LONDON (Reuters) - Ian Taylor, head of the world’s largest independent oil trader Vitol, says Brent crude prices will stay in a range of $40-$55 (31.39-43.16 pounds) a barrel for the next few quarters as higher U.S. production slows a rebalancing of the market.
“Everybody was positioned for a market rebalancing and a stocks draw to happen in the second quarter. And if you look at the macro analysis, that should start happening,” Taylor said in an interview with Reuters.
“But so far it hasn’t happened and everyone has made the same mistake. Nobody has distinguished themselves.”
The Organisation of the Petroleum Exporting Countries and non-OPEC producers led by Russia have agreed to cut output by almost 2 million barrels per day (bpd) from January 2017, hoping to bring global oil stocks down from record levels of over 3 billion barrels to a five-year average of around 2.7 billion.
But efforts have been somewhat undermined by rising production from Nigeria and Libya, the two OPEC members that have been excluded from cuts after unrest hit their output.
Recovering production in the United States has also added to the glut as a bounce in oil prices above $50 per barrel spurred new drilling in shale formations.
Taylor said he still expected the market to start rebalancing and stocks to decline in the third quarter. But he was less certain about the fourth quarter, when U.S. shale producers could add more barrels.
“We believe the rebalancing and the stocks’ draw should still happen in the third quarter. It was simply delayed. The exceptional production factors - Nigeria, Libya and U.S. shale -have been all larger than expected,” Taylor said.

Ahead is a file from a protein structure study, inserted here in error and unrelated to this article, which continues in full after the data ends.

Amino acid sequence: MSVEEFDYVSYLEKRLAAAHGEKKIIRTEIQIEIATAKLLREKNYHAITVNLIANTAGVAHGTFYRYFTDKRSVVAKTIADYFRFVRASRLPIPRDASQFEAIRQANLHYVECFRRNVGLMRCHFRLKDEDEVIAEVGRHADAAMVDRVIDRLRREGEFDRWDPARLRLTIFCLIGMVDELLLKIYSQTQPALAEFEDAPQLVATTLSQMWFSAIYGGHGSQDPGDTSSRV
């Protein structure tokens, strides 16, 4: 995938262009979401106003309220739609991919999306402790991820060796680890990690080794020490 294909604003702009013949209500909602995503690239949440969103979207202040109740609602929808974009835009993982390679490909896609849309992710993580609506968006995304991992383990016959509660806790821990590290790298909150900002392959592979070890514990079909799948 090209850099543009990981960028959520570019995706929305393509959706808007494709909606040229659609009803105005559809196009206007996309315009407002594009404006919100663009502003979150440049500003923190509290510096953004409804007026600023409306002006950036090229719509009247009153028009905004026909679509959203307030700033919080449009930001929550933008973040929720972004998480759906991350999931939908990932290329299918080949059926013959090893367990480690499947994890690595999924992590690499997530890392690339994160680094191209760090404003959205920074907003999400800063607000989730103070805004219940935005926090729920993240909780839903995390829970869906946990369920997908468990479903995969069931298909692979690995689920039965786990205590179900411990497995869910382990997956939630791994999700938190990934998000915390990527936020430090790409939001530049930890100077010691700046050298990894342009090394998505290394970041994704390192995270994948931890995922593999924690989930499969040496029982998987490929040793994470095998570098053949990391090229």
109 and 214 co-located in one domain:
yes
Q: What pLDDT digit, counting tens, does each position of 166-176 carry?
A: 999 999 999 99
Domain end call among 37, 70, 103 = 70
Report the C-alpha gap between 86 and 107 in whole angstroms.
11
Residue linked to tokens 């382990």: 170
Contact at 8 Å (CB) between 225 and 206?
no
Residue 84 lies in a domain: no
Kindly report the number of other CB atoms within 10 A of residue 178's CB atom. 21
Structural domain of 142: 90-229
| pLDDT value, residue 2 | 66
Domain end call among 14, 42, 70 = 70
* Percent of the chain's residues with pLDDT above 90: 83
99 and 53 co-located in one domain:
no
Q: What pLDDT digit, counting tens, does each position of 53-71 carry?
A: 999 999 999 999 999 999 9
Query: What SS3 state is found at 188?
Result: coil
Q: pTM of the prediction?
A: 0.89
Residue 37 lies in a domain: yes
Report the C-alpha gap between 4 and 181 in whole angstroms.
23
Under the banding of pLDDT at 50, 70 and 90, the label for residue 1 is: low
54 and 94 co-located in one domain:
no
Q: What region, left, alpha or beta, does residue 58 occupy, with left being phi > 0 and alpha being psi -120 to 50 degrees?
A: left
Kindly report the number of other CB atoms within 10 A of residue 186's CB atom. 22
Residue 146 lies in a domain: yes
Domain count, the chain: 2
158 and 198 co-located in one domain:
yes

Over the past year, militancy hit the oil-producing coastal region in Nigeria, cutting output by nearly 1 million bpd. In Libya, several militant groups blocked major eastern ports and western oilfields in a long-standing stalemate.
But 2017 has witnessed a striking recovery in both. Nigeria is projecting the highest exports since March 2016 with an August loading plan of around 2 million bpd, while Libyan output topped 900,000 bpd this week with 1 million bpd targeted by the end of July.
The United States, which is not part of the supply-reduction deal, is expected to increase production from shale by up to 1 million bpd, or almost 10 percent of the country’s crude output.
“In the third quarter we should draw, but we are unsure about the fourth quarter as U.S. production is likely to have a year-end spurt,” Taylor added.
On the demand side, oil consumption growth is still expected to be fairly healthy at 1.3 million bpd in 2017, lending some support to prices, Taylor said.
Vitol traded a record amount of crude and refined products in 2016 at over 7 million bpd, a 16 percent rise year-on-year.
Reporting by Julia Payne and Dmitry Zhdannikov; Editing by Dale Hudson